By Dale Atkinson and Eric Edwards


U.S. Army Photo by CW2 Cameron Roxberry

At the end of May, approximately 100 Government and industry students attended a 3-day short course in aircraft combat survivability at the new headquarters for the Institute for Defense Analyses (IDA) at Potomac Yards in Alexandria, VA. This classified short course—which was sponsored by the Joint Aircraft Survivability Program (JASP) and Office of the Director, Operational Test and Evaluation (DOT&E)—featured speakers, presenta­tions, demonstrations, and discussions from across the aircraft survivability community. The purpose of the annual course is to help military aviation developers, testers, researchers, program management and acquisition personnel, pilots, and other practitioners better understand how to increase the survivability and combat effectiveness of manned and unmanned air platforms.

The keynote address for this year’s course was given by retired Gen. Norton Schwartz, former Air Force Chief of Staff and current IDA president and CEO. Other presentation topics included:

  • Integrated Survivability Assessment, Survivability Testing, and Trade Studies
  • Kill Chain; 1v1, Mission, and Campaign Survivability; System Safety
  • Survivability Enhancements
  • Live First Test and Evaluation/Joint Live Fire
  • Joint Combat Assessment Team/Aviation Survivability Development and Tactics
  • Analysis of Air Combat Data
  • Current Threats Intelligence/Surface-to-Air Fires Threat Analysis
  • Aircraft Cyber Combat Survivability
  • Susceptibility Overview, Threat Operations, Acoustics, and Visual Signatures
  • Susceptibility Radar Signature, Electronic Warfare
  • Susceptibility Infrared Signatures
  • IR Engine Signatures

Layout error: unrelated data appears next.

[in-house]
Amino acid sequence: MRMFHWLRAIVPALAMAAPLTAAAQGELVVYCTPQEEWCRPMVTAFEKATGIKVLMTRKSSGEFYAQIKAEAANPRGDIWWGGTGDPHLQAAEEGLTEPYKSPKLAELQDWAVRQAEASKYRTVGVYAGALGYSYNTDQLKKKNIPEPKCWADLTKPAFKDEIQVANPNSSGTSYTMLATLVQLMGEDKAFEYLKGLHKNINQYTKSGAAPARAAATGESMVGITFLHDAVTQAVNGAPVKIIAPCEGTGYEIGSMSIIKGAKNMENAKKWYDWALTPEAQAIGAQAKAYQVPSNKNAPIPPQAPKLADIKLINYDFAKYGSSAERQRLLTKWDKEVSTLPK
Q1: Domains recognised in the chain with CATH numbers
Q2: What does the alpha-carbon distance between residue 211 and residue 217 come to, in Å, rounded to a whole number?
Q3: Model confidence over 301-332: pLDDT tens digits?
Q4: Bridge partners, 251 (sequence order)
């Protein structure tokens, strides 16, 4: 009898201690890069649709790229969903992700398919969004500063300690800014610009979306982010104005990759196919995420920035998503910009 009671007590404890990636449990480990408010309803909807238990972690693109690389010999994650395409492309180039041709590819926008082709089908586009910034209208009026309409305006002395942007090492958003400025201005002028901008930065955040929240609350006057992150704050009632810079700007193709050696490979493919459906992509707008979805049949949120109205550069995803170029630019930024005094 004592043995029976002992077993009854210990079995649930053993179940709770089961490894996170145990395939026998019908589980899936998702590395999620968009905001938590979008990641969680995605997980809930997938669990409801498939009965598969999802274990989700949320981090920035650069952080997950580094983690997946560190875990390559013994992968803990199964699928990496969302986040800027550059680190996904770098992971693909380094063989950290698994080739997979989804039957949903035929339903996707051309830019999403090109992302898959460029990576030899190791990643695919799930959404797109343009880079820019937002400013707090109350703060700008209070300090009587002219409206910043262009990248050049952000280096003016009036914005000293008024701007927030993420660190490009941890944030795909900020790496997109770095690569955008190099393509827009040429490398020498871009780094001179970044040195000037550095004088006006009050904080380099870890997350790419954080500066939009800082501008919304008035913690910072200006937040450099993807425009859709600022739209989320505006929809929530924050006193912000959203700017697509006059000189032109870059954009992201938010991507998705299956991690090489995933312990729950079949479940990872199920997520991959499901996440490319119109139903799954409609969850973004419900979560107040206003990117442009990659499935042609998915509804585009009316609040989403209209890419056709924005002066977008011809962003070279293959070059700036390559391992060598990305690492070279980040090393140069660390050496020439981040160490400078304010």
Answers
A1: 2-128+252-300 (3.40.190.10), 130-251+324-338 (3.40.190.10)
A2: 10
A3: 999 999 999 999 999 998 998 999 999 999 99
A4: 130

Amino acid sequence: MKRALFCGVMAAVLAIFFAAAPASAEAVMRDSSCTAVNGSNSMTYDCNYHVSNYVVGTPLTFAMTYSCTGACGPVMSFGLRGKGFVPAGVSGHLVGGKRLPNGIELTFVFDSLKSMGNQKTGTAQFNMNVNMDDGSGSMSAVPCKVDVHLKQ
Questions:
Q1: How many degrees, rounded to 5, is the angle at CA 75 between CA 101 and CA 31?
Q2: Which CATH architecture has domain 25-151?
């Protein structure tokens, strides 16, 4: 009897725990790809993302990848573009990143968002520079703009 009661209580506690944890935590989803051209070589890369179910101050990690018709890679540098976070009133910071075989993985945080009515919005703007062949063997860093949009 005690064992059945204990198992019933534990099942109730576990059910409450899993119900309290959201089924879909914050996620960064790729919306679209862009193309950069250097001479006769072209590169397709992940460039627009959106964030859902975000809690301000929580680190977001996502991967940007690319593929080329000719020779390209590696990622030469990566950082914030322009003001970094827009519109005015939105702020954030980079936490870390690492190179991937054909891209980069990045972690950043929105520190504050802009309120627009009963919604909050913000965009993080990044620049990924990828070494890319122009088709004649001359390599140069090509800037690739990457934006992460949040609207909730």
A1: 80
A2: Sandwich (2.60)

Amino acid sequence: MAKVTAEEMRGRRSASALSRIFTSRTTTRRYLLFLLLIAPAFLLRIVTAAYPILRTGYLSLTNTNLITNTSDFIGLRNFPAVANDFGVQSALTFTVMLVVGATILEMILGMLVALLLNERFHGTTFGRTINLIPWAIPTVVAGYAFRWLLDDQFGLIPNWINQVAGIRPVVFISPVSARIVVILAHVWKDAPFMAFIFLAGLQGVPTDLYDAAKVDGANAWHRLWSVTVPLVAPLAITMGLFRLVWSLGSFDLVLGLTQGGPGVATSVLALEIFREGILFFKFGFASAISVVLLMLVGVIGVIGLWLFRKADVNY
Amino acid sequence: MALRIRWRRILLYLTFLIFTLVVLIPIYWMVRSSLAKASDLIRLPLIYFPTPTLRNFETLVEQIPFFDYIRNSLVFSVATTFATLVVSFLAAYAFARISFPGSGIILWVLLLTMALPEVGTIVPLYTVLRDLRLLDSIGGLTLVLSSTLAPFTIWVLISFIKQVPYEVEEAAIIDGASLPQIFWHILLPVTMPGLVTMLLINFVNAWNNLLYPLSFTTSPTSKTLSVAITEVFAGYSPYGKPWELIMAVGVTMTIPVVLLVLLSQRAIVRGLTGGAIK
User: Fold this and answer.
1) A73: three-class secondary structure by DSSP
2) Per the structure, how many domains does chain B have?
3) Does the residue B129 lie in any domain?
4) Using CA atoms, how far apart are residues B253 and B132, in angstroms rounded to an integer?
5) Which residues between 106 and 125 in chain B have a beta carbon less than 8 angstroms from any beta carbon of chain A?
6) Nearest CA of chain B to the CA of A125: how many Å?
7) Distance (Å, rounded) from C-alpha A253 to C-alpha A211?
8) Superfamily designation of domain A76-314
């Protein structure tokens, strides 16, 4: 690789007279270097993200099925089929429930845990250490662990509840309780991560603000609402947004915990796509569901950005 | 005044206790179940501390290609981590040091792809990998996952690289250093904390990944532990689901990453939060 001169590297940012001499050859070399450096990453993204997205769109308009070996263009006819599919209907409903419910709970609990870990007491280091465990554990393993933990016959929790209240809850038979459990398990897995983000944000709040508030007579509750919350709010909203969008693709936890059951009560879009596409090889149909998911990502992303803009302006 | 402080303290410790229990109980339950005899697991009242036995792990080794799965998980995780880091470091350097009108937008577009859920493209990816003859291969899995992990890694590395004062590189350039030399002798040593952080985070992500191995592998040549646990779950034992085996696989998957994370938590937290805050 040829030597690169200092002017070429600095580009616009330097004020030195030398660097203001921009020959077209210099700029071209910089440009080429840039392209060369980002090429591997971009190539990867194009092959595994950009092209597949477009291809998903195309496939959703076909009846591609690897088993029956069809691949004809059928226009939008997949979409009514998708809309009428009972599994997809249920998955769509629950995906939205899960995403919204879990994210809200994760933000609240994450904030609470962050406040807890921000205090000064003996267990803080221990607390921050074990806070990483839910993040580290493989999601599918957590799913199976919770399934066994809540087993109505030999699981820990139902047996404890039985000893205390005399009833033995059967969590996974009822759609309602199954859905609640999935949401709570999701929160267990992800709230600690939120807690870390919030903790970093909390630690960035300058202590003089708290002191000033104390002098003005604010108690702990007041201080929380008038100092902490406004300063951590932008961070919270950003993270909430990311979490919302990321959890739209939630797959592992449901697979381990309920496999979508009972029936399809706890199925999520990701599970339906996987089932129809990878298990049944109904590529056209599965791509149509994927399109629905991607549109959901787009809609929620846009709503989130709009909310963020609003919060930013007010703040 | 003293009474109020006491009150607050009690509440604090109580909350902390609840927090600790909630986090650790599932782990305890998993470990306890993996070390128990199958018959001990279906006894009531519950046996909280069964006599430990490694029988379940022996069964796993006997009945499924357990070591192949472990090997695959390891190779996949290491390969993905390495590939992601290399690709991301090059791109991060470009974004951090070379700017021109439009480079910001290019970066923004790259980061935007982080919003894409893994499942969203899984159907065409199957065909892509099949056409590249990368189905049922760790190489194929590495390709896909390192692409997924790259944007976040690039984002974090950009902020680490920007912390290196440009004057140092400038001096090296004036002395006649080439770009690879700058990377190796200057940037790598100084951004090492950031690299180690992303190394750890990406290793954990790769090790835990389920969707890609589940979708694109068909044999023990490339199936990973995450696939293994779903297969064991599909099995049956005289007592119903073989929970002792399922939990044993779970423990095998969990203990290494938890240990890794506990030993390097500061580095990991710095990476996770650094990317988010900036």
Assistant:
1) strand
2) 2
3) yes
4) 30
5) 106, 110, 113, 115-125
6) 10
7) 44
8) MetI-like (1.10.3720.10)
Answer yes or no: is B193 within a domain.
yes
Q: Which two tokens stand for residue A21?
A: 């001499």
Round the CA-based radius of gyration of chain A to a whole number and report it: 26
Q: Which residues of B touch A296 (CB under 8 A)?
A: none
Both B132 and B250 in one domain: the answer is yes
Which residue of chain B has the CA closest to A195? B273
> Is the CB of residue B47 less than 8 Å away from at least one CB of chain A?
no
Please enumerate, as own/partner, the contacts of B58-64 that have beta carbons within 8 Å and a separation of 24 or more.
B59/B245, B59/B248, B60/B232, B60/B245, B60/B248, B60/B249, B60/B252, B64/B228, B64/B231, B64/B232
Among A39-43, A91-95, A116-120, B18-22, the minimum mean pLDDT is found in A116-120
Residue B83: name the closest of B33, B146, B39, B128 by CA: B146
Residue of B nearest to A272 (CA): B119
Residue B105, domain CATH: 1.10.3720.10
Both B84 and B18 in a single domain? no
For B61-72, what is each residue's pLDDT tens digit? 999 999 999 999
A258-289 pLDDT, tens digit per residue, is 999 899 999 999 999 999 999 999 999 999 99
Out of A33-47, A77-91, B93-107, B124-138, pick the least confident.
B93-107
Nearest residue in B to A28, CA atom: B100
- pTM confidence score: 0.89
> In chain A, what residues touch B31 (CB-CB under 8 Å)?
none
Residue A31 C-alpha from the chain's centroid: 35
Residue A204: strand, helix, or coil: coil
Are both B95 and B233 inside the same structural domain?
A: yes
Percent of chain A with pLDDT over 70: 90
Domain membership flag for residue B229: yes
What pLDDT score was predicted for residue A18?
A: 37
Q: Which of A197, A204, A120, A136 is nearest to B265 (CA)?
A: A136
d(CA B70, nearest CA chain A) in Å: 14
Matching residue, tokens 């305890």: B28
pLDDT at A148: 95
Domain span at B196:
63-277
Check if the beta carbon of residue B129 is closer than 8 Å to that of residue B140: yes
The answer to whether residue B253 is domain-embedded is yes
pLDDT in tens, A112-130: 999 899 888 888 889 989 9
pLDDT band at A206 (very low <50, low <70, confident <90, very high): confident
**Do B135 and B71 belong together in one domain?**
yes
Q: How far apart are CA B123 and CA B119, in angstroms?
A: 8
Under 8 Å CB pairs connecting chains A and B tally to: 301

• Vulnerability Overview, Threat Effects, and Damage Processes
  • Critical Components and Vulnerability Assessment
  • Vulnerability Reduction Technology
  • Force Protection and Recoverability
  • Army and Navy Rotary-Wing Tactics
  • Fighter Aspects of Survivability
  • Aircraft Survivability Design and Optimization and Basic Design Process

Special thanks are extended to Dr. Mark Couch from IDA for arranging this year’s host venue and keynote speaker. For more information on the 2022 short course or to inquire about being a part of next year’s course, please contact Prof. Christopher Adams at the Naval Postgraduate School at


In May, the U.S. Army Combat Capabilities Development Command (DEVCOM) Analysis Center (DAC) released v4.22.2 of the Advanced Joint Effectiveness Model (AJEM). The release includes new capabilities and corrective updates to improve and advance methods used in the ballistic vulnerability/lethality (V/L) analyses of Department of Defense (DoD) air, ground, sea, and soldier systems. Most notably, v4.22.2 integrates the latest version of the Operational Requirements-based Casualty Assessment (ORCA) model (v4.62.2).

Additionally, AJEM v4.22.3 is planned for release this fall and is expected to enable users to more seamlessly integrate AJEM analysis results into analyses of higher-level effectiveness models. For example, v4.22.3 will provide DEVCOM Armaments Center the ability to integrate AJEM into its Performance Related and Integrated Suite of Models (PRISM) software. PRISM is a mission/engagement-level simulation tool that can incorporate physics-based and statistical models to feed data into campaign-level models.